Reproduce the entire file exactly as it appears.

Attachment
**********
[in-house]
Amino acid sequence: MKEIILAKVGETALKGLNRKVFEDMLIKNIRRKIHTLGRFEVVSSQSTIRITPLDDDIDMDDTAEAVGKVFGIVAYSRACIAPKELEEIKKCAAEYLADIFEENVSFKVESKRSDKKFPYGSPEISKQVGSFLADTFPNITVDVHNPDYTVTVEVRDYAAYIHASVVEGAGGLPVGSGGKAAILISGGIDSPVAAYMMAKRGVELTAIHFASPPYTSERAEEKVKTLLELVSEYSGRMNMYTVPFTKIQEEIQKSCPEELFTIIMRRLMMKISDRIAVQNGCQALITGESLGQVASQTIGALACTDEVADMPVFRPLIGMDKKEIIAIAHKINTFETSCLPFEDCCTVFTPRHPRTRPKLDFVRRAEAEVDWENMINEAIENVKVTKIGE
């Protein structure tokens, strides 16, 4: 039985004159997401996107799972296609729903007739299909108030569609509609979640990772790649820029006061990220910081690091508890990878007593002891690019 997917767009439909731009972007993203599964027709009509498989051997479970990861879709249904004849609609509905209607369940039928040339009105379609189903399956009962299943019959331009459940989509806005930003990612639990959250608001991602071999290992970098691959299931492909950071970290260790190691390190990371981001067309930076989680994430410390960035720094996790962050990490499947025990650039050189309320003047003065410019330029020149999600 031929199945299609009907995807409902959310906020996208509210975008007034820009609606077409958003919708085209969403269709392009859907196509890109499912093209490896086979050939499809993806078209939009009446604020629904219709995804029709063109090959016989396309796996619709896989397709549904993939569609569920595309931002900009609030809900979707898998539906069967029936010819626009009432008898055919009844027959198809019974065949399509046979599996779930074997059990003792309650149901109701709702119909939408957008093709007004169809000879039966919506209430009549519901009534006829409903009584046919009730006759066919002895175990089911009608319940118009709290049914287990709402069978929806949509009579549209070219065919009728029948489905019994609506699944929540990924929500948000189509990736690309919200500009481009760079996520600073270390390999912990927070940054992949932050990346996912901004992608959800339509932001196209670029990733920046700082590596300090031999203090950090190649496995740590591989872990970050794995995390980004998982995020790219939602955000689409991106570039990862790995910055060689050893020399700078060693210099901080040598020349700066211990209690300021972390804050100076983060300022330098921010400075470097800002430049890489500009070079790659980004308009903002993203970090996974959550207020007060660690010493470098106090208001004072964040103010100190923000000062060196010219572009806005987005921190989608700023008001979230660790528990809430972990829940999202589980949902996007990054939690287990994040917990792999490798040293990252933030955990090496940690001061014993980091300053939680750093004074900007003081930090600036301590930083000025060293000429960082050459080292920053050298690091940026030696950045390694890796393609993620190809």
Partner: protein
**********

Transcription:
[in-house]
Amino acid sequence: MKEIILAKVGETALKGLNRKVFEDMLIKNIRRKIHTLGRFEVVSSQSTIRITPLDDDIDMDDTAEAVGKVFGIVAYSRACIAPKELEEIKKCAAEYLADIFEENVSFKVESKRSDKKFPYGSPEISKQVGSFLADTFPNITVDVHNPDYTVTVEVRDYAAYIHASVVEGAGGLPVGSGGKAAILISGGIDSPVAAYMMAKRGVELTAIHFASPPYTSERAEEKVKTLLELVSEYSGRMNMYTVPFTKIQEEIQKSCPEELFTIIMRRLMMKISDRIAVQNGCQALITGESLGQVASQTIGALACTDEVADMPVFRPLIGMDKKEIIAIAHKINTFETSCLPFEDCCTVFTPRHPRTRPKLDFVRRAEAEVDWENMINEAIENVKVTKIGE
């Protein structure tokens, strides 16, 4: 039985004159997401996107799972296609729903007739299909108030569609509609979640990772790649820029006061990220910081690091508890990878007593002891690019 997917767009439909731009972007993203599964027709009509498989051997479970990861879709249904004849609609509905209607369940039928040339009105379609189903399956009962299943019959331009459940989509806005930003990612639990959250608001991602071999290992970098691959299931492909950071970290260790190691390190990371981001067309930076989680994430410390960035720094996790962050990490499947025990650039050189309320003047003065410019330029020149999600 031929199945299609009907995807409902959310906020996208509210975008007034820009609606077409958003919708085209969403269709392009859907196509890109499912093209490896086979050939499809993806078209939009009446604020629904219709995804029709063109090959016989396309796996619709896989397709549904993939569609569920595309931002900009609030809900979707898998539906069967029936010819626009009432008898055919009844027959198809019974065949399509046979599996779930074997059990003792309650149901109701709702119909939408957008093709007004169809000879039966919506209430009549519901009534006829409903009584046919009730006759066919002895175990089911009608319940118009709290049914287990709402069978929806949509009579549209070219065919009728029948489905019994609506699944929540990924929500948000189509990736690309919200500009481009760079996520600073270390390999912990927070940054992949932050990346996912901004992608959800339509932001196209670029990733920046700082590596300090031999203090950090190649496995740590591989872990970050794995995390980004998982995020790219939602955000689409991106570039990862790995910055060689050893020399700078060693210099901080040598020349700066211990209690300021972390804050100076983060300022330098921010400075470097800002430049890489500009070079790659980004308009903002993203970090996974959550207020007060660690010493470098106090208001004072964040103010100190923000000062060196010219572009806005987005921190989608700023008001979230660790528990809430972990829940999202589980949902996007990054939690287990994040917990792999490798040293990252933030955990090496940690001061014993980091300053939680750093004074900007003081930090600036301590930083000025060293000429960082050459080292920053050298690091940026030696950045390694890796393609993620190809």
Partner: protein